Makes sense — by clustering into OTUs you are sort of doing a similar thing as collapsing into taxonomic groups. Though UniFrac distance will still take phylogenetic distance into account with OTUs, whereas taxa will be incompatible and hence you lose more information.
This all comes down to what your biological questions are. As you do see differences between OTU picking and denoising, this is a very interesting case where we can pick apart where we could apply these to different questions.
You bring up one very fine and interesting point:
You can use q2-vsearch to cluster SVs into OTUs (that have been denoised by dada2!), and then assess the impact on beta diversity to determine how granular the differences between samples/groups are.
So in some cases you may not be interested in whether strain-level differences differentiate samples. E.g., if you have a lot of strain-level differences between individuals and this fine-grain information introduces a lot of noise that is not of experimental interest, and prevents groups from clustering together, you may wish to cluster into OTUs (or use taxonomic classifications) to determine whether species- or genus-level features differentiate your groups better (I haven’t seen this before but just saying it makes conceptual sense to me what you are proposing).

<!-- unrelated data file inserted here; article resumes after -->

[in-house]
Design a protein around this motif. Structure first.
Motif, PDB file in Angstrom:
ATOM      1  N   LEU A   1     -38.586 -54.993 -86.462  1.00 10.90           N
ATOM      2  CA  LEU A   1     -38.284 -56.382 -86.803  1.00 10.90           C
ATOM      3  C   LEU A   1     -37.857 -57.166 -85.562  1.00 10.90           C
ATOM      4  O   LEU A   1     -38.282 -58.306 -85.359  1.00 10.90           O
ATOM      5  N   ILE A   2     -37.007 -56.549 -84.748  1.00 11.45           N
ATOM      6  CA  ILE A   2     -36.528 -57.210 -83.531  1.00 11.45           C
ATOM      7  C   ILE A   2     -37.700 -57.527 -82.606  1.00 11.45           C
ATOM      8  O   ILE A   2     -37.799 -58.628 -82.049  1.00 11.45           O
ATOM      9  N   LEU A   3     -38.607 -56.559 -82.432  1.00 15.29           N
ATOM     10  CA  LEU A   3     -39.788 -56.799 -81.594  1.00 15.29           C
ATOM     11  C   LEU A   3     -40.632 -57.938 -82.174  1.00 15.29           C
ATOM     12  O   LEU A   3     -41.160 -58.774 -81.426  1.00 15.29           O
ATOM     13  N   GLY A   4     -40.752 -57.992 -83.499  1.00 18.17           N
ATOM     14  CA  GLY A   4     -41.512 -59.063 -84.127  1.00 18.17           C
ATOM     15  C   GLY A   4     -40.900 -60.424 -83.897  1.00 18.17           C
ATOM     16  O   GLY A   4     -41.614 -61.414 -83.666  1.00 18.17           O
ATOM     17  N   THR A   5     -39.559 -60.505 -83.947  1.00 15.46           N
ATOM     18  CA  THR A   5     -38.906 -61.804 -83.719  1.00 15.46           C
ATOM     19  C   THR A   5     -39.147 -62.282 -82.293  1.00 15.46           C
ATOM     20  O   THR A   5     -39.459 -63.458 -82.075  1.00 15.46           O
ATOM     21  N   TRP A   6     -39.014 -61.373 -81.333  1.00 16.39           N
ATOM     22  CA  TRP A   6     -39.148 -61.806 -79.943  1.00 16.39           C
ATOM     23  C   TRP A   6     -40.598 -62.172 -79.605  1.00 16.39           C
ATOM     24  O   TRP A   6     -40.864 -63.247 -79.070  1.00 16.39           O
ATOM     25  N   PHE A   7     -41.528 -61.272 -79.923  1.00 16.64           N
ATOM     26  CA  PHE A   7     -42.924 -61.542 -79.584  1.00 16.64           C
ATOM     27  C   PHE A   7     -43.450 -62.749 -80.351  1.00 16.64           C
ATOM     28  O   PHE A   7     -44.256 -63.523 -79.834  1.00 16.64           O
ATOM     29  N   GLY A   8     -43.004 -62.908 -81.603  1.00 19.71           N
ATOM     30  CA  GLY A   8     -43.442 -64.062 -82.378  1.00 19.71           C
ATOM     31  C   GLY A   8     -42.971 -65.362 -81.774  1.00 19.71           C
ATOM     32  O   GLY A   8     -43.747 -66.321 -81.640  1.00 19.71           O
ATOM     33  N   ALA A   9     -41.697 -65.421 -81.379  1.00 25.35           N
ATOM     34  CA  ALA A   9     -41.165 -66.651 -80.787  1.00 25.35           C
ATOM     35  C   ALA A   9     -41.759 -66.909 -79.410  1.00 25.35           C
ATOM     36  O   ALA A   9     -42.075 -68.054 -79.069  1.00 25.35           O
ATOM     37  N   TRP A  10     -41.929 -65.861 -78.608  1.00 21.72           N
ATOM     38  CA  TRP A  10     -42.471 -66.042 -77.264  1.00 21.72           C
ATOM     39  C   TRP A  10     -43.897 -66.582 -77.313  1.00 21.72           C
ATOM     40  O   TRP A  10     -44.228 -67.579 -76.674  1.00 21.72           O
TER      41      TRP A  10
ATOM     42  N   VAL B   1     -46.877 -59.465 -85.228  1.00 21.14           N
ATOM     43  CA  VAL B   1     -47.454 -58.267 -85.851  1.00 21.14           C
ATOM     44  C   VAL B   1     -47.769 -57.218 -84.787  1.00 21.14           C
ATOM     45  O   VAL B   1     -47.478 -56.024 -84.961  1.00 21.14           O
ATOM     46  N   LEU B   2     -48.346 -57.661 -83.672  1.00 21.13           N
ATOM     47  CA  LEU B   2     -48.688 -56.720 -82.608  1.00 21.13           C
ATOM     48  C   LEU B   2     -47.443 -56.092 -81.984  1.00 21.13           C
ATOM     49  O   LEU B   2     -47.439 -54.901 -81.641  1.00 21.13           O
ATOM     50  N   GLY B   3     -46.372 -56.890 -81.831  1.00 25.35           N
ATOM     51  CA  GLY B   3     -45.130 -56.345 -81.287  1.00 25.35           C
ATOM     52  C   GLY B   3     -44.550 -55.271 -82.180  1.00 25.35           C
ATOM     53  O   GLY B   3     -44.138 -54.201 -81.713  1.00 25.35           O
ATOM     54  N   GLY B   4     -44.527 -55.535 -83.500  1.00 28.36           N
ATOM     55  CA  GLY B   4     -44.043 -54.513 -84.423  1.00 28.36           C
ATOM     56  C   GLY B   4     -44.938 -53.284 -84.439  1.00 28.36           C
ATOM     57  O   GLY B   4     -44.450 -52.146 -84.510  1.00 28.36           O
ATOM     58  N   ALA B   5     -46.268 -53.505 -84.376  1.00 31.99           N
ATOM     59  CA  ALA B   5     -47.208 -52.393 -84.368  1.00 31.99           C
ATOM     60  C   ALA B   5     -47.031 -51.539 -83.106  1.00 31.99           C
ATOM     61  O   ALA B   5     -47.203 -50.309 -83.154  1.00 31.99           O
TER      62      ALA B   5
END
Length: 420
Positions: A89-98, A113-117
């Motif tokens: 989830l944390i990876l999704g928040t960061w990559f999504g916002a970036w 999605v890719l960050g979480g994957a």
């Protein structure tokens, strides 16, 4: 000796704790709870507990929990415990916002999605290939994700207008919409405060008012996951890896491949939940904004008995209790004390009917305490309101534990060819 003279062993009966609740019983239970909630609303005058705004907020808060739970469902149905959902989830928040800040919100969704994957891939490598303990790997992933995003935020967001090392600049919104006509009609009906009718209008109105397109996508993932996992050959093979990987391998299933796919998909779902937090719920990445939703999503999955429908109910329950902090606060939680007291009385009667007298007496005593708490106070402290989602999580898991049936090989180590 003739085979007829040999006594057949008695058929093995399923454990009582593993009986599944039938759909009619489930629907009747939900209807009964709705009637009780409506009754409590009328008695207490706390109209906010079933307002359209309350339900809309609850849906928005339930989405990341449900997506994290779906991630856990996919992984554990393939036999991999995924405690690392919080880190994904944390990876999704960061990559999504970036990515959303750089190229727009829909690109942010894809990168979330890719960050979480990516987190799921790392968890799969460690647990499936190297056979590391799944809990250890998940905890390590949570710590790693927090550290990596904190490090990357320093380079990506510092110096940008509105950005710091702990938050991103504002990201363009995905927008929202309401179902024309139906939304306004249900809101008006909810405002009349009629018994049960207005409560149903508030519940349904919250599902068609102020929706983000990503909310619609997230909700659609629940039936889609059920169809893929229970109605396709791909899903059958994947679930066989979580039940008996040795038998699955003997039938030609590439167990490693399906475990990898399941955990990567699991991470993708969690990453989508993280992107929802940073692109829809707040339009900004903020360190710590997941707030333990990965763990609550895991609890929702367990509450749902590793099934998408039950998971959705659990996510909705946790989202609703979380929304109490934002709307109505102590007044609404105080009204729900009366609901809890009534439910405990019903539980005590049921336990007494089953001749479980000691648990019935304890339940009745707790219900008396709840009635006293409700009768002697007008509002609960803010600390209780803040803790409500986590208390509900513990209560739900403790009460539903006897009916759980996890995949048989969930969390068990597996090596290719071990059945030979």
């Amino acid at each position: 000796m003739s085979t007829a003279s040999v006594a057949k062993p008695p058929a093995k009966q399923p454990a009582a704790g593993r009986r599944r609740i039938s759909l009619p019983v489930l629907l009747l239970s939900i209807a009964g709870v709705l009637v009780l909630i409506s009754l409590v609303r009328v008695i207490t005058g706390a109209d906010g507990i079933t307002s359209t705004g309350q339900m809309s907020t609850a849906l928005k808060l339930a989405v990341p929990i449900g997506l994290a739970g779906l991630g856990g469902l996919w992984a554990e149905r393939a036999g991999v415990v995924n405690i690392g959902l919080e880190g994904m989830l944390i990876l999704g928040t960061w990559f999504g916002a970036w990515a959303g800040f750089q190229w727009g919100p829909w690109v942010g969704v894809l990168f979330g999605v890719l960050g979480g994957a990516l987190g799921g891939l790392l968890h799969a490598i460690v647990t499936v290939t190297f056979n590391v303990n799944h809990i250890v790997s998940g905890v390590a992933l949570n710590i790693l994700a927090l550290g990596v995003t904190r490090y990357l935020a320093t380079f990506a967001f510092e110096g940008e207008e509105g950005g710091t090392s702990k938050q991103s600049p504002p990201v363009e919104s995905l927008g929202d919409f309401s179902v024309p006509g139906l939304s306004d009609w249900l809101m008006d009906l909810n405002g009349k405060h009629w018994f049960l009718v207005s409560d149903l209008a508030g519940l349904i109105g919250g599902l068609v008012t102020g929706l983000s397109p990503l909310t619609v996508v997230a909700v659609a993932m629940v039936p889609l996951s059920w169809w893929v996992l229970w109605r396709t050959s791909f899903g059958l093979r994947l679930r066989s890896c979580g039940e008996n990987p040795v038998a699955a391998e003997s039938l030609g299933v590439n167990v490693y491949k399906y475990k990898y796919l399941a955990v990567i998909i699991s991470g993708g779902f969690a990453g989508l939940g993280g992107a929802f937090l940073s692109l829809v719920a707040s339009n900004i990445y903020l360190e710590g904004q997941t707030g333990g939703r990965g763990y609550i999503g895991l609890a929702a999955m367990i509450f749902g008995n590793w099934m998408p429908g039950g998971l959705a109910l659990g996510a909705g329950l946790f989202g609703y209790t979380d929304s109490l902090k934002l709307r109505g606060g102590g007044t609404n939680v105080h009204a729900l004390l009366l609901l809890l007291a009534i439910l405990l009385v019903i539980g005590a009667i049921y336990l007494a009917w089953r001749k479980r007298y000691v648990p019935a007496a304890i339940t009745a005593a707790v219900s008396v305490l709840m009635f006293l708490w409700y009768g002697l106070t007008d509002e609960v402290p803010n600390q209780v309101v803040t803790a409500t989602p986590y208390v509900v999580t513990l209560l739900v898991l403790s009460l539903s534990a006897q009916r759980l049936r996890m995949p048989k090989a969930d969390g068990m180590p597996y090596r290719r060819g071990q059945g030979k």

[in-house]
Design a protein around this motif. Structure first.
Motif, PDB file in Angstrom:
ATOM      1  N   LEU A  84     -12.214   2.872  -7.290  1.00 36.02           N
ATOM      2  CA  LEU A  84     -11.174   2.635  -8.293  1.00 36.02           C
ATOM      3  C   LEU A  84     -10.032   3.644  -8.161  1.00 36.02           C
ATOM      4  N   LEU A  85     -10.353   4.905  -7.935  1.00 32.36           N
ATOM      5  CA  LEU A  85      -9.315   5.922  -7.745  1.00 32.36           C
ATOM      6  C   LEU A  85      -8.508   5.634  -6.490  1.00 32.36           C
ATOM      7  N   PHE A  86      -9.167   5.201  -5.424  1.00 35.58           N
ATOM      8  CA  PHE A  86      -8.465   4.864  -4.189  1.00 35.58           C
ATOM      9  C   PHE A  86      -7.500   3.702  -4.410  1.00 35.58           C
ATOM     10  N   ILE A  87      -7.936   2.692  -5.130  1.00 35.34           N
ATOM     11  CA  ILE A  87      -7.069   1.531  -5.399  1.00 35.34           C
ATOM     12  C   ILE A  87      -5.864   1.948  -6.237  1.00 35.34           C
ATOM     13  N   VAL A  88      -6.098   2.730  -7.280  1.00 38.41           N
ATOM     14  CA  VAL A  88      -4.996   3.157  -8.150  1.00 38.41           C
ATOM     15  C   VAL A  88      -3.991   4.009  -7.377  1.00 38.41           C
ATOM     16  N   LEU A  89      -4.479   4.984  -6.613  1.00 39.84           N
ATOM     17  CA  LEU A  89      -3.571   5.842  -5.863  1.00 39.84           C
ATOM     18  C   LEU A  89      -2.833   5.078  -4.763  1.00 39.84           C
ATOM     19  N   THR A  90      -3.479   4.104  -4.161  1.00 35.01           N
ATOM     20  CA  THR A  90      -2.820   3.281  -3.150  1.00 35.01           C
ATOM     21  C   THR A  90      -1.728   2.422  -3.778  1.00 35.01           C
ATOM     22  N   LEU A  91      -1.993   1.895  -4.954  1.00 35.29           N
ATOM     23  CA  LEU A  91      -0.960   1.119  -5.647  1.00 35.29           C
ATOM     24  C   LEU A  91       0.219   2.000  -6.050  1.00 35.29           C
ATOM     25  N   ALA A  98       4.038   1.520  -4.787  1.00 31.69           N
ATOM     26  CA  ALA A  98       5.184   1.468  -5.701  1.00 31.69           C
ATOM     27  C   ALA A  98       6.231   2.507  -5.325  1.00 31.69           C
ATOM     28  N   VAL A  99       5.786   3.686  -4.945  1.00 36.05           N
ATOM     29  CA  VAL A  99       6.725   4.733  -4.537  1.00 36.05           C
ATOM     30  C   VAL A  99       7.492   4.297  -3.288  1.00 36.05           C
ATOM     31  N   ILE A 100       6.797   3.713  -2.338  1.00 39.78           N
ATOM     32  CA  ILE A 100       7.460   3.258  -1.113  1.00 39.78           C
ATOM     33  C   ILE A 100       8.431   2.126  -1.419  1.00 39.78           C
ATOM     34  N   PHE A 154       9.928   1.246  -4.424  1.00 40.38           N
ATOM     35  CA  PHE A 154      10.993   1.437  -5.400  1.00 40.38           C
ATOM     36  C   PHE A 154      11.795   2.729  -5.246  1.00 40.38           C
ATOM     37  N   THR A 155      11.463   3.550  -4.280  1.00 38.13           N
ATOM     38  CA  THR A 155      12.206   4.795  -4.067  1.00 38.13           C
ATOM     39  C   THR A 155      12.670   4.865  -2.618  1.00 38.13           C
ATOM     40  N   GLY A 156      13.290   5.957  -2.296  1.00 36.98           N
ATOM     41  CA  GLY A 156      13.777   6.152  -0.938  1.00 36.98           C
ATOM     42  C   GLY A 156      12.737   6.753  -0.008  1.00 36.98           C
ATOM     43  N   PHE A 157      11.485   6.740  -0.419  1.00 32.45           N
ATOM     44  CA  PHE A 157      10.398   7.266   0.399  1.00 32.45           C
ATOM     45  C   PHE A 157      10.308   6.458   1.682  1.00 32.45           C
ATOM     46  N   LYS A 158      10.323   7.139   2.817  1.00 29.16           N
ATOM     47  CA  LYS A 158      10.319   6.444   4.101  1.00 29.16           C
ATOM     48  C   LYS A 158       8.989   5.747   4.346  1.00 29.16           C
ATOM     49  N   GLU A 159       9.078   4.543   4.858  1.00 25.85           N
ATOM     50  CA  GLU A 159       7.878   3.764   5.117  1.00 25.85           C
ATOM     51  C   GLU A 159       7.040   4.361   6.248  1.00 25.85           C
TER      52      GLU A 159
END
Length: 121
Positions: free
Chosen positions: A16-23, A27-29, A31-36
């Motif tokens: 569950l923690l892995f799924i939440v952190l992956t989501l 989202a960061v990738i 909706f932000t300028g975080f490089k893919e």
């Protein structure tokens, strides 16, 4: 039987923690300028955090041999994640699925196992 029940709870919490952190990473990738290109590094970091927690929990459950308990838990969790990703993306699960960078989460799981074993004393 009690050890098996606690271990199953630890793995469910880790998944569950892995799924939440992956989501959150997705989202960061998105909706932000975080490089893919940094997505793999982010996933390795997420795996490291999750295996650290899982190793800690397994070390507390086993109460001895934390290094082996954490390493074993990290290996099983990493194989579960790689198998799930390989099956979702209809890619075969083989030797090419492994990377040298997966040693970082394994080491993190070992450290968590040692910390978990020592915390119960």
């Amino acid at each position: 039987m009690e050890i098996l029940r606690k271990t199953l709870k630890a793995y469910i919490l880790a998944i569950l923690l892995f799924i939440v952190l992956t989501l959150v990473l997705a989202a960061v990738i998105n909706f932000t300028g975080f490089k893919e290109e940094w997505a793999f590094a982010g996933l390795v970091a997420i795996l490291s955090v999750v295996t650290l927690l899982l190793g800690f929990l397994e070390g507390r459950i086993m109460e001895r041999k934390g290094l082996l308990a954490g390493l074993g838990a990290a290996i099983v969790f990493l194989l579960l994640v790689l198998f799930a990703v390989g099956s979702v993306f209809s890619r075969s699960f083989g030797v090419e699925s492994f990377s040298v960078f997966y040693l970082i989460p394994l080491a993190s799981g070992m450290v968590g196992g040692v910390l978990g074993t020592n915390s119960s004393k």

In other cases, though, you may be interested in that information. If SVs provide “strain”-level information that differentiates your samples/groups, then all the better (especially if this separation is lost post-OTU clustering).
So I don’t believe there is a “right” answer here. It all depends on your goals. My general inclination would be that it’s best to have more sensitivity from SVs, but there is nothing wrong with doing the approach that you suggest.
Thanks for the answer, I really like this forum by the way, this is amazing to get a hold on your expertise that easily